Gabriel Garcia Marquez and a carpenter who returns from the dead
Gabriel Garcia Marquez was a Nobel laureate – he was also fun to read. The magical realism of “One Hundred Years of Solitude” allowed adult readers to escape into a world of imagination generally confined to children in Western cultures
Perhaps, for me, growing up on tales of King Arthur made a difference; magical stories remain fun, even now. When one has heard tales of encounters with the wizard Merlin and has been told that Arthur and his knights would ride forth to protect us, if the need should ever arise, the magical slips easily into perceptions of the world.
Perhaps the reading of magical stories would be easier in a culture that did not specifically reject the possibility of the magical or the supernatural. Since the Eighteenth Century Enlightenment, there has been an assumption that the rational and the scientific views of the world are a complete expression of reality; that anything that cannot be explained in terms of the observable and the testable cannot be “true”. How differently does one read the Colombian writer Gabriel Garcia Márquez if one reads him from a starting point other than the rational view of the world? His magical realism becomes much more fun to read if the weight of centuries of European thought is set aside for a moment. Anything might happen, and often does:
Holding a child by each hand so as not to lose them in the tumult, bumping into acrobats with gold-capped teeth and jugglers with six arms, suffocated by the mingled breath of manure and sandals that the crowd exhaled, José Arcadio Buendía went about everywhere like a madman, looking for Melquíades . . . He asked several gypsies, who did not understand his language. Finally he reached the place where Melquíades used to set up his tent and he found a taciturn Armenian who in Spanish was hawking a syrup to make oneself invisible. He had drunk down a glass of the amber substance in one gulp as José Arcadio Buendia elbowed his way through the absorbed group that was witnessing the spectacle, and was able to ask his question. The gypsy wrapped him in the frightful climate of his look before he turned into a puddle of pestilential and smoking pitch over which the echo of his reply still floated: “Melquíades is dead.” Upset by the news, José Arcadio Buendía stood motionless, trying to rise above his affliction, until the group dispersed, called away by other artifices, and the puddle of the taciturn Armenian evaporated completely. . . The children had no interest in the news. They insisted that their father take them to see the overwhelming novelty of the sages of Memphis that was being advertised at the entrance of a tent that, according to what was said, had belonged to King Solomon. They insisted so much that José Arcadio Buendia paid the thirty reales and led them into the center of the tent, where there was a giant with a hairy torso and a shaved head, with a copper ring in his nose and a heavy iron chain on his ankle, watching over a pirate chest. When it was opened by the giant, the chest gave off a glacial exhalation. Inside there was only an enormous, transparent block with infinite internal needles in which the light of the sunset was broken up into colored stars. Disconcerted, knowing that the children were waiting for an immediate explanation, José Arcadio Buendía ventured a murmur: “It’s the largest diamond in the world.” “No,” the gypsy countered. “It’s ice.”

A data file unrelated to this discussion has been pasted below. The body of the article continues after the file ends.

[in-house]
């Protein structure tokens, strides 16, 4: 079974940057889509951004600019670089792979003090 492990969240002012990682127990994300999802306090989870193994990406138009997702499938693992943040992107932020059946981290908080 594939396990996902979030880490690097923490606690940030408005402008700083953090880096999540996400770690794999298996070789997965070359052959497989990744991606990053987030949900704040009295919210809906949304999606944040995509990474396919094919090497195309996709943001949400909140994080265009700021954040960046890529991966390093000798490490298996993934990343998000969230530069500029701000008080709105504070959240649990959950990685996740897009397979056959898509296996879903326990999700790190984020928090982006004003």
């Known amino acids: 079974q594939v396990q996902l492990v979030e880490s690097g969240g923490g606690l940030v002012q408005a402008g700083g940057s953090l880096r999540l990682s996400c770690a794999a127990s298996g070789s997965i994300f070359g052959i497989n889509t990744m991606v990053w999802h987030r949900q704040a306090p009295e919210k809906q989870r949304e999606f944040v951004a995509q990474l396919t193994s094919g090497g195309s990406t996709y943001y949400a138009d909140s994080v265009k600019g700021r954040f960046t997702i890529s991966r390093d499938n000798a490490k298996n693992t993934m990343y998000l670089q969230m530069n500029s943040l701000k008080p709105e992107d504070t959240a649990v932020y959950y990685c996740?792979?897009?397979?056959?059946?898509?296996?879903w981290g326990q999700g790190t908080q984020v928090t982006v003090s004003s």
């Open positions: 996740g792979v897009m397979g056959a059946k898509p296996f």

Garcia Márquez pokes fun at the practical, down to earth, sensible view of the world:
Ursula was barely over her forty days’ rest when the gypsies returned. They were the same acrobats and jugglers that had brought the ice. Unlike Melquíades’ tribe, they had shown very quickly that they were not heralds of progress but purveyors of amusement. Even when they brought the ice they did not advertise it for its usefulness in the life of man but as a simple circus curiosity. This time, along with many other artifices, they brought a flying carpet. But they did not offer it as a fundamental contribution to the development of transport, rather as an object of recreation. The people at once dug up their last gold pieces to take advantage of a quick flight over the houses of the village.
Gabriel Garcia Marquez’ death today, on a Maundy Thursday, juxtaposes reflection on his magical realism with reflection on the story told of events in First Century Jerusalem. Disappearing Armenians and flying carpets are great fun, but not good theology. One does not live one’s life on the basis of magical realism; whereas large numbers of people do live their lives on the basis of a story of a man coming back from the dead. What difference is there in a story from a novel of an Armenian gypsy who disappears and the story from ancient manuscripts of a Galilean carpenter who reappears? Many people would believe that, in terms of rational truth, there was no difference; that both occurrences are no more than a matter of imagination. But even they would be forced to acknowledge that there is an extremely large perceptible difference in the impacts of the stories; the story of the carpenter being celebrated by hundreds of millions every spring.
What sets the Easter story apart from the magical realism of Garcia Márquez?
The difference is the personal experience of those who hear and retell the story; an experience that is not amenable to scientific testing. nor to rational explanation, but is, nonetheless, for those of us who believe, real.
Perhaps the question, in its simplest terms, is whether we believe in the magical.
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